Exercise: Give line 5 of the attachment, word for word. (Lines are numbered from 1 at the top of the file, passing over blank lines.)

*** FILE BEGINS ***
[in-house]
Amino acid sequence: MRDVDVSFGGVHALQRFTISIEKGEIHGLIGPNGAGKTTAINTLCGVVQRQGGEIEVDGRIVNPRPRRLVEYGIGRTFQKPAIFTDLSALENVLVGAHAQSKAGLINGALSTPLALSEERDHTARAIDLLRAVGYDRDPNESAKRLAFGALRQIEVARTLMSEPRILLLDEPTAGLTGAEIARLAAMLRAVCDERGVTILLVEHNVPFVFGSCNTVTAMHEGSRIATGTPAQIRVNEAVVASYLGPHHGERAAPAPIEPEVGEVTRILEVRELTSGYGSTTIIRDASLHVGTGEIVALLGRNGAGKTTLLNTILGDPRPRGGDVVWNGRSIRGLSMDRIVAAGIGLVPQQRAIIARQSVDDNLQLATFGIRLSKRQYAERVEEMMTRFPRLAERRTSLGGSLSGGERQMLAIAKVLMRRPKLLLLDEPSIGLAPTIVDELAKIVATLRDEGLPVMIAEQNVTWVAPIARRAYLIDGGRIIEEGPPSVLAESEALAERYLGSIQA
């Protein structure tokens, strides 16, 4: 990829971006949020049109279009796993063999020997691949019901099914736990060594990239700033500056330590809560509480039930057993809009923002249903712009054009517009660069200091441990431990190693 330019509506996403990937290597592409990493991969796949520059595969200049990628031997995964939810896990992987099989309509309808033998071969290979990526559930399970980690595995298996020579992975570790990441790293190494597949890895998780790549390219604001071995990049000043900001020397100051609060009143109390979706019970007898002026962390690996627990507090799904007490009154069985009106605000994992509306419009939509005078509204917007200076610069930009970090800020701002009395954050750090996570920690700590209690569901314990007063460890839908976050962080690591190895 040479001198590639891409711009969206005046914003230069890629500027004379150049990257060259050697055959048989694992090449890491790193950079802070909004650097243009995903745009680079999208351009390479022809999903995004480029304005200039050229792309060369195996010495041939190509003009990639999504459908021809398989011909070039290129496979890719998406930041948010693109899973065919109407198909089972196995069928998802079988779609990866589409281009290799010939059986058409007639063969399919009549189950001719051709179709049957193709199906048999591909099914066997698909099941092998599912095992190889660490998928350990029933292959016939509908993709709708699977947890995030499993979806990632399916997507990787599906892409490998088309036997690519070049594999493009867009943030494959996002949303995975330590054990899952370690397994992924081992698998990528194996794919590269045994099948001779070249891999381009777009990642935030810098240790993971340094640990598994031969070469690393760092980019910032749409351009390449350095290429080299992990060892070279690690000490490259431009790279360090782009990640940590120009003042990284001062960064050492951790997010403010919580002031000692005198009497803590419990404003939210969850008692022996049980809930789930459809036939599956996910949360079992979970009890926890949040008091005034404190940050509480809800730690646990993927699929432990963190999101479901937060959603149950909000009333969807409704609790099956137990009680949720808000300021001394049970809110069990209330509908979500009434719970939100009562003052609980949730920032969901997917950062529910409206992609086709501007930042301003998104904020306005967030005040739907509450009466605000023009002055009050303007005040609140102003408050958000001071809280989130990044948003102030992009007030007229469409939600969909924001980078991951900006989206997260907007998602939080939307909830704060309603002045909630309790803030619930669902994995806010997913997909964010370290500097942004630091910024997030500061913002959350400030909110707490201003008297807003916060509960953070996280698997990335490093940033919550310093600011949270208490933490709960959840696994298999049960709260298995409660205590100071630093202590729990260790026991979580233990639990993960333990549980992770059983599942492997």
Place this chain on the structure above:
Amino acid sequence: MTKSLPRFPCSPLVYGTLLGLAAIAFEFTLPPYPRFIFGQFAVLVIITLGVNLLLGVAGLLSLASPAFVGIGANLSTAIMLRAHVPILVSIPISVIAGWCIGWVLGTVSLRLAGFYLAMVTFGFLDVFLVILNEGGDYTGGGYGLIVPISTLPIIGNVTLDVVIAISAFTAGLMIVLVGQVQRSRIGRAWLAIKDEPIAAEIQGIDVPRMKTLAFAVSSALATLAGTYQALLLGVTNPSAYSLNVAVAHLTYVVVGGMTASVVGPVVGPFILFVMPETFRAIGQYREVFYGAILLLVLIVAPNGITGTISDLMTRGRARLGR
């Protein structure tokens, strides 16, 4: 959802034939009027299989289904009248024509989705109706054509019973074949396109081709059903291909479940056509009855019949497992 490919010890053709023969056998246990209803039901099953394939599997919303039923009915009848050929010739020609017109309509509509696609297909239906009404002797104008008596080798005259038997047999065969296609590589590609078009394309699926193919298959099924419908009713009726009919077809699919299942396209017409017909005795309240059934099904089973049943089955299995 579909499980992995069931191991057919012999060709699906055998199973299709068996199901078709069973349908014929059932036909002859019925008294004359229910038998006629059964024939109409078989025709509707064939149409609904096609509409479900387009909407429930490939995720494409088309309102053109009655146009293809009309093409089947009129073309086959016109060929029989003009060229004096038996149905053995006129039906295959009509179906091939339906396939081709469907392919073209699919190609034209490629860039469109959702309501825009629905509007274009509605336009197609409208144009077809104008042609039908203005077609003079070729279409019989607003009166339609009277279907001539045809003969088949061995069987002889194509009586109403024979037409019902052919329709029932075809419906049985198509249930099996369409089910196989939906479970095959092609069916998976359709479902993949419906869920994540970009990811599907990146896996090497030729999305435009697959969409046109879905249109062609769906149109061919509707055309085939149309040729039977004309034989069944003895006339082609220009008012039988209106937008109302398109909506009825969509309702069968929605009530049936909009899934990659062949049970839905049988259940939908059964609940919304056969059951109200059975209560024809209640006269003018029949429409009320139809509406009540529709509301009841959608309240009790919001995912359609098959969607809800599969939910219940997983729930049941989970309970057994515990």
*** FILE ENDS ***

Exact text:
Amino acid sequence: MTKSLPRFPCSPLVYGTLLGLAAIAFEFTLPPYPRFIFGQFAVLVIITLGVNLLLGVAGLLSLASPAFVGIGANLSTAIMLRAHVPILVSIPISVIAGWCIGWVLGTVSLRLAGFYLAMVTFGFLDVFLVILNEGGDYTGGGYGLIVPISTLPIIGNVTLDVVIAISAFTAGLMIVLVGQVQRSRIGRAWLAIKDEPIAAEIQGIDVPRMKTLAFAVSSALATLAGTYQALLLGVTNPSAYSLNVAVAHLTYVVVGGMTASVVGPVVGPFILFVMPETFRAIGQYREVFYGAILLLVLIVAPNGITGTISDLMTRGRARLGR